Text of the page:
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In tough times, books and stories can provide connection

I don’t know about you, but so far 2022 has not been the fresh start I was hoping for. My year started with a bout of COVID-19 and a canceled mini-vacation. I lost my mum after a long illness (I can barely even write those words.) My car was stolen, but then recovered. My friends and family are dealing with loss and health issues. There is war in Ukraine, heartbreak all around and still we have climate change, inequity, poverty and a seemingly never-ending pandemic.

Brenda Marshall

How are we supposed to cope with all this? That sounds like a facetious question, but I’m serious. How can we allow these big feelings of grief, hopelessness and anxiety, but not surrender to them? How do we find meaning? A sense of purpose? Community? Hope?

I imagine there are as many answers to that question as there are people. Obviously, pain, loneliness, loss and struggle are integral parts of the human condition along with joy, love, beauty and communion. Since childhood, books and stories have helped me grapple with life’s biggest challenges. Reading the words of people who have walked these hard roads before me gives me a compass when my map is whisked away.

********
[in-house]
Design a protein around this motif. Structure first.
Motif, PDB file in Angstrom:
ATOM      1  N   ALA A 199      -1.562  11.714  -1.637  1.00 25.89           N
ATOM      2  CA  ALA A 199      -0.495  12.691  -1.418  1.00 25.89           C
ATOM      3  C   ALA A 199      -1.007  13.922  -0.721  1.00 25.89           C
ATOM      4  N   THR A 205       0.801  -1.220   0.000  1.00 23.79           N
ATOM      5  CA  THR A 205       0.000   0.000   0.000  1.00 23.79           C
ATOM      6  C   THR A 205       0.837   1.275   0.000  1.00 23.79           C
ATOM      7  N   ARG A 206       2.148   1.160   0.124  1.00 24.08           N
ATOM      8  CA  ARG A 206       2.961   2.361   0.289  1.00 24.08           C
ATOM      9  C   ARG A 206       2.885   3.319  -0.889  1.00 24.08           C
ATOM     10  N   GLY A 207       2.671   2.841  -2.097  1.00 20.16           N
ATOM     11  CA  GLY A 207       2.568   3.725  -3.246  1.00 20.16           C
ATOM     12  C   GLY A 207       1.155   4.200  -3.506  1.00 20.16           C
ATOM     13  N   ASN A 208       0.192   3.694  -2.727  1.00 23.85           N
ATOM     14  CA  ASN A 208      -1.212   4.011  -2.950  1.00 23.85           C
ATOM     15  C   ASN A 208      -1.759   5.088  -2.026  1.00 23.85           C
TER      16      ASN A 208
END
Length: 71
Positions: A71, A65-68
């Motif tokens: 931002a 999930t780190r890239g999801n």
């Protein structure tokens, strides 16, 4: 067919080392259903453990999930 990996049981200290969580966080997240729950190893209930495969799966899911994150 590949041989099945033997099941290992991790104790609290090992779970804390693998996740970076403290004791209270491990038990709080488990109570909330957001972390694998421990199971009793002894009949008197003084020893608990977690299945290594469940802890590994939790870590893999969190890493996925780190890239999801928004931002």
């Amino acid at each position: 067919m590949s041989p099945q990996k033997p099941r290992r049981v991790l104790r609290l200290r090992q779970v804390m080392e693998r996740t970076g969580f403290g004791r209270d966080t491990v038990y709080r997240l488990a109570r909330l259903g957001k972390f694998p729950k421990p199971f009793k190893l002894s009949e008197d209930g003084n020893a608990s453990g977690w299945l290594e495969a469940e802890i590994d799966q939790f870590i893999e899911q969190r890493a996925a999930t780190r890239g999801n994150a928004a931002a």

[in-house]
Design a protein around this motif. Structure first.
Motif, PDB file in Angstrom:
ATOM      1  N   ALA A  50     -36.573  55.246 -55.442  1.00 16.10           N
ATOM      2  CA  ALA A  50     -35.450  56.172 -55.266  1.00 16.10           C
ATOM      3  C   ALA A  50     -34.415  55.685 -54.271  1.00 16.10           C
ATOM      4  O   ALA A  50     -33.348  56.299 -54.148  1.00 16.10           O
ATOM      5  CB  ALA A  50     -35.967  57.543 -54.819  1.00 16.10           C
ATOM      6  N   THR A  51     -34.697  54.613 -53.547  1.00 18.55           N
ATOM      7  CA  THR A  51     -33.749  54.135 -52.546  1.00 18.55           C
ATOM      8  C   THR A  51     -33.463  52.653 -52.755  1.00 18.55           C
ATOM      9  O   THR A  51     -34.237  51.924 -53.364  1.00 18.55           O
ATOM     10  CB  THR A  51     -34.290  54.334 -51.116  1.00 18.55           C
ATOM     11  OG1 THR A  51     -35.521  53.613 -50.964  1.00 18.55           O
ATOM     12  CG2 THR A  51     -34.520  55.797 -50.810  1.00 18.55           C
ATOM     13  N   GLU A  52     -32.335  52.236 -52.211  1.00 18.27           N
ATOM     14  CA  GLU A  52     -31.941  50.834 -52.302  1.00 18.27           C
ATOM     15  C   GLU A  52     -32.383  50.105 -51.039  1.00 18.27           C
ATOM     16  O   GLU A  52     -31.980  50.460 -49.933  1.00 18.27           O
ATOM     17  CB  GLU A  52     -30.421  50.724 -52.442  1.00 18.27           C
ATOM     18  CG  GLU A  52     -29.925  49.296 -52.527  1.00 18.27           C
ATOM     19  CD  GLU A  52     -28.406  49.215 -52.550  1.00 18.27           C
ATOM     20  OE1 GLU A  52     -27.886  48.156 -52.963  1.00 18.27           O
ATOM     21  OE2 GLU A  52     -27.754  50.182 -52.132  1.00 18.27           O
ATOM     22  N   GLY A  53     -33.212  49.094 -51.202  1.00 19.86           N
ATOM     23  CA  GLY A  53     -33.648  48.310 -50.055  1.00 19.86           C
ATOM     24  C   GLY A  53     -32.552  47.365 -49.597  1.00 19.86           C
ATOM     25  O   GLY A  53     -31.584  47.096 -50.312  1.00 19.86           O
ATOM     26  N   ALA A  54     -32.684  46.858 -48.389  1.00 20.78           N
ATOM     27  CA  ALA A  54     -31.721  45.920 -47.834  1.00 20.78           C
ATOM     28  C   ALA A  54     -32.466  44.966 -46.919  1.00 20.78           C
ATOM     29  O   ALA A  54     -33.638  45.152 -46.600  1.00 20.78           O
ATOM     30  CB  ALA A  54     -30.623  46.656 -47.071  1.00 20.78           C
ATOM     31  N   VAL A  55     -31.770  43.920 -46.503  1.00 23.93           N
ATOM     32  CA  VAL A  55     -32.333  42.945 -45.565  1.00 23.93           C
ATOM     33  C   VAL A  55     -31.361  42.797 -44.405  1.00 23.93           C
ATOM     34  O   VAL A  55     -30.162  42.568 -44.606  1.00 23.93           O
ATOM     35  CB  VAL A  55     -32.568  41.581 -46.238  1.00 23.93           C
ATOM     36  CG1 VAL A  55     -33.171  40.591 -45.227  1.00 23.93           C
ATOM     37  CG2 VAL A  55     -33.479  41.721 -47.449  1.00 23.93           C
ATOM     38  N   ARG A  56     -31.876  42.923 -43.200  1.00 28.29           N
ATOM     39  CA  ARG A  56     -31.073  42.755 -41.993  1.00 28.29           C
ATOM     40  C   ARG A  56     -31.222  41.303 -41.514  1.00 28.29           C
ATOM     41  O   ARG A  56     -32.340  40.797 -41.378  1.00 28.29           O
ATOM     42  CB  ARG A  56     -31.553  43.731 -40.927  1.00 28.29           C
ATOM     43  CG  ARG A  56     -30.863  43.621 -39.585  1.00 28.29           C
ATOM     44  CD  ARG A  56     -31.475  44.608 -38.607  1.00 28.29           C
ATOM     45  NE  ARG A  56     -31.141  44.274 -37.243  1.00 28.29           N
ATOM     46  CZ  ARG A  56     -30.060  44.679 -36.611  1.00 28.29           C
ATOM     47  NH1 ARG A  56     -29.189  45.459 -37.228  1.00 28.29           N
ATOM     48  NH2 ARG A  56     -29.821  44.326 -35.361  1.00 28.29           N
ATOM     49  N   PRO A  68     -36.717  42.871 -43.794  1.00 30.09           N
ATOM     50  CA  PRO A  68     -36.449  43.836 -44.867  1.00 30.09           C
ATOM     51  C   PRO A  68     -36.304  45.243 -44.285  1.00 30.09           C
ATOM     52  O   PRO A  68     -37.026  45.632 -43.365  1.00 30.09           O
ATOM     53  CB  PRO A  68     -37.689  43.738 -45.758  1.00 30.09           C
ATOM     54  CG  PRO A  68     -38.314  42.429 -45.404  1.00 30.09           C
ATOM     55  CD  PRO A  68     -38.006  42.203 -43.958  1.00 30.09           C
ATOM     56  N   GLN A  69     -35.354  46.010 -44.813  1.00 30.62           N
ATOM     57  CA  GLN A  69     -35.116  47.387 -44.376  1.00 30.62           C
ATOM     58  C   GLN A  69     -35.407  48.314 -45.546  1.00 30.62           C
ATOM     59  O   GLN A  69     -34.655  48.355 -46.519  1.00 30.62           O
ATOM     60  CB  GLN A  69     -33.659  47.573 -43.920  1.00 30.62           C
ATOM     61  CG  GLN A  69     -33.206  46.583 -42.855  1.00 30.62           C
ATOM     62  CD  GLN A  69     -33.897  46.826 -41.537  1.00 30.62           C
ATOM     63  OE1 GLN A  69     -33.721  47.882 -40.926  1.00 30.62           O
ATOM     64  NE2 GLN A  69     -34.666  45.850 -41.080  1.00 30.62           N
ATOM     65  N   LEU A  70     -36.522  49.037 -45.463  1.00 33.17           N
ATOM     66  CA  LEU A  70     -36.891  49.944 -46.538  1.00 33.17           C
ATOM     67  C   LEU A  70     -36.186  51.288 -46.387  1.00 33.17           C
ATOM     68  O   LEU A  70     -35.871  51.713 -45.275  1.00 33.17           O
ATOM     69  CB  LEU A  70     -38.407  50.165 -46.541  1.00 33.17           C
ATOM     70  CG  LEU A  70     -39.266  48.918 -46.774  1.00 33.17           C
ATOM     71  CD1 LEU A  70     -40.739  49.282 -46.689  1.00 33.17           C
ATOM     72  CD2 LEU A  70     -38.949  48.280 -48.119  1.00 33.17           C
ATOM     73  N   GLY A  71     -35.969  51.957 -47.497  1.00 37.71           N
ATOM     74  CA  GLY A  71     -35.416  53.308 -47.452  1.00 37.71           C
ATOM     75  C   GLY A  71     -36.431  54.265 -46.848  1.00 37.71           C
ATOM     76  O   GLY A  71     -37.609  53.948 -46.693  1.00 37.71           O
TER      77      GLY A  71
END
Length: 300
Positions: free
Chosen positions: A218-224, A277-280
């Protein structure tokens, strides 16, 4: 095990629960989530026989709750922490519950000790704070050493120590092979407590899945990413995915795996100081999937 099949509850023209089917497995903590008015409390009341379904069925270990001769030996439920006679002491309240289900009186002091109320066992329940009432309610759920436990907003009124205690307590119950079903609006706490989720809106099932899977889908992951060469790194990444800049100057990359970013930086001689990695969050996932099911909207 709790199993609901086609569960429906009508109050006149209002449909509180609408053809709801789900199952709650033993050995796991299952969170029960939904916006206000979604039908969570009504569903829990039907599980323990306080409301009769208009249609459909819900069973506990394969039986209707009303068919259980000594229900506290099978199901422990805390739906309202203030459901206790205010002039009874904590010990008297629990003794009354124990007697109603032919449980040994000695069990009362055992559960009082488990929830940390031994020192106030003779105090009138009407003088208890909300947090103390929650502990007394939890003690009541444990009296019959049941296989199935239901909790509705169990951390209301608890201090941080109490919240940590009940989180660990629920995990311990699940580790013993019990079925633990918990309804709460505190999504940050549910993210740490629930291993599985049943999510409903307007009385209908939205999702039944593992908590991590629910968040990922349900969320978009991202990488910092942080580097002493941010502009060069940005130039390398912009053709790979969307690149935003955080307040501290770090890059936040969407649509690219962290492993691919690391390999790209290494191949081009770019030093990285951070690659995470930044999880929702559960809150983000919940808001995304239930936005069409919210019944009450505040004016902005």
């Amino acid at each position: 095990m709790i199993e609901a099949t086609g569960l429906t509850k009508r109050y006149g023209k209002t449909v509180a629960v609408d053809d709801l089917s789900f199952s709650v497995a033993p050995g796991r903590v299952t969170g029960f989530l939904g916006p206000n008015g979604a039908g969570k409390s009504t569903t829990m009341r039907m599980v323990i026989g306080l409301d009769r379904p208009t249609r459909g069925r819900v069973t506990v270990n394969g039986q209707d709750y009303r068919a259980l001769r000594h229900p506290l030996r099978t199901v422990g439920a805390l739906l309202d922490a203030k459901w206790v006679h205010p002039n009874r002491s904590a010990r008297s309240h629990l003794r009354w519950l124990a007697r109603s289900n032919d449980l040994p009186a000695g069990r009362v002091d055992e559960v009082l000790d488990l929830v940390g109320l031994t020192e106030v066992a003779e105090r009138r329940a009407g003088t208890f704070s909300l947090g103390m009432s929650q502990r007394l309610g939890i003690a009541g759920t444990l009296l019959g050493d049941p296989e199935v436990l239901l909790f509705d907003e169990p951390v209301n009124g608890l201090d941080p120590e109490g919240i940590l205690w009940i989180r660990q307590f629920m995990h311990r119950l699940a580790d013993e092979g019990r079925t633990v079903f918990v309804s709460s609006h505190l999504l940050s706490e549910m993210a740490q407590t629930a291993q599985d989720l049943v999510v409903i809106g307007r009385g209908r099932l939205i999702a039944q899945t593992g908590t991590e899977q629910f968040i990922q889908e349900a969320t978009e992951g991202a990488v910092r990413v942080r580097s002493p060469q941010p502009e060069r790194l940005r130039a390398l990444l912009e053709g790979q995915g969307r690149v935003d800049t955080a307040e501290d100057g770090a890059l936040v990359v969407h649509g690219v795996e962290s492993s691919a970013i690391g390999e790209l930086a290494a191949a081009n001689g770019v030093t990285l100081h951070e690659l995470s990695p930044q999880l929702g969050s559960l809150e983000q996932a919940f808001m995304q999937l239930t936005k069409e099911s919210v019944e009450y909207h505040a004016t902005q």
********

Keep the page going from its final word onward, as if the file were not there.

Sometimes, the books are overtly spiritual, philosophical or from the self-help shelves. At other times, novels or even poetry connects me with my truths. Sometimes, the books are heavy and intense, but often they are shallow or fun, providing a welcome distraction from my everyday life. In the same way a friend can sometimes share words of comfort or illumination, the right book at the right moment can be exactly what I need.

Pema Chodron’s book “Welcoming the Unwelcome: Wholehearted Living in a Brokenhearted World” taught me to keep my eyes open for the grace, humor, kindness and love that is ribboned throughout my loss. Her observation that growth and transformation happen during times of pain resonates with me. Mary Oliver’s poetry and the Psalms of the Old Testament remind me to be quiet and connect with my spirit through stillness, nature and rest.

I have also stumbled into a couple of great audio books as a distraction recently. I really enjoyed “Mary Jane” by Jessica Anya Blau and “The Big Finish” by Brooke Fossey. Using the Libby app on my phone has given me easy access to these books wherever I am in the world, both literally and figuratively.

I am lucky that I work in an environment where patrons talk about the books or movies that are currently entertaining, enlightening or informing them. These chats sometimes lead to fascinating conversations and can connect us with others who are facing similar struggles.

In this world of division and suffering, our response to books and stories can be a great connector. We really can walk a mile in someone else’s shoes and evaluate our own stories through a different lens. “Connecting People to Possibilities” is our library’s mission, but just as important is connecting us to ourselves and to one another.

Brenda Marshall is director of Pine River Library.